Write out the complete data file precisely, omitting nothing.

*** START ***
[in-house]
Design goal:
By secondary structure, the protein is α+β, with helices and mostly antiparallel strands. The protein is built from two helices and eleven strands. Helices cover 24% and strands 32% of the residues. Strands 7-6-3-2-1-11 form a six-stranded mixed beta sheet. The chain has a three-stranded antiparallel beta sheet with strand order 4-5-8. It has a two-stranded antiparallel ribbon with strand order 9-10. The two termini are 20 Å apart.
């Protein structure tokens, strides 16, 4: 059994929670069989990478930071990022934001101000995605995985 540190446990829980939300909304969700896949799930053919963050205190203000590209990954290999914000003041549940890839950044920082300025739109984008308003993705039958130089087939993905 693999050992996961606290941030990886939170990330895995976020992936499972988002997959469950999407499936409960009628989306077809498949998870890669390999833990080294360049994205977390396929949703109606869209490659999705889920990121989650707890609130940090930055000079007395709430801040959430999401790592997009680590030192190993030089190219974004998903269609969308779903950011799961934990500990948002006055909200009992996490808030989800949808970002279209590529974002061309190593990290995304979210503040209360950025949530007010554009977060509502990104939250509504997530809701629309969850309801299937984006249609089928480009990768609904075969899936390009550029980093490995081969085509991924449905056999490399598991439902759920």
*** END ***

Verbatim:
[in-house]
Design goal:
By secondary structure, the protein is α+β, with helices and mostly antiparallel strands. The protein is built from two helices and eleven strands. Helices cover 24% and strands 32% of the residues. Strands 7-6-3-2-1-11 form a six-stranded mixed beta sheet. The chain has a three-stranded antiparallel beta sheet with strand order 4-5-8. It has a two-stranded antiparallel ribbon with strand order 9-10. The two termini are 20 Å apart.
């Protein structure tokens, strides 16, 4: 059994929670069989990478930071990022934001101000995605995985 540190446990829980939300909304969700896949799930053919963050205190203000590209990954290999914000003041549940890839950044920082300025739109984008308003993705039958130089087939993905 693999050992996961606290941030990886939170990330895995976020992936499972988002997959469950999407499936409960009628989306077809498949998870890669390999833990080294360049994205977390396929949703109606869209490659999705889920990121989650707890609130940090930055000079007395709430801040959430999401790592997009680590030192190993030089190219974004998903269609969308779903950011799961934990500990948002006055909200009992996490808030989800949808970002279209590529974002061309190593990290995304979210503040209360950025949530007010554009977060509502990104939250509504997530809701629309969850309801299937984006249609089928480009990768609904075969899936390009550029980093490995081969085509991924449905056999490399598991439902759920």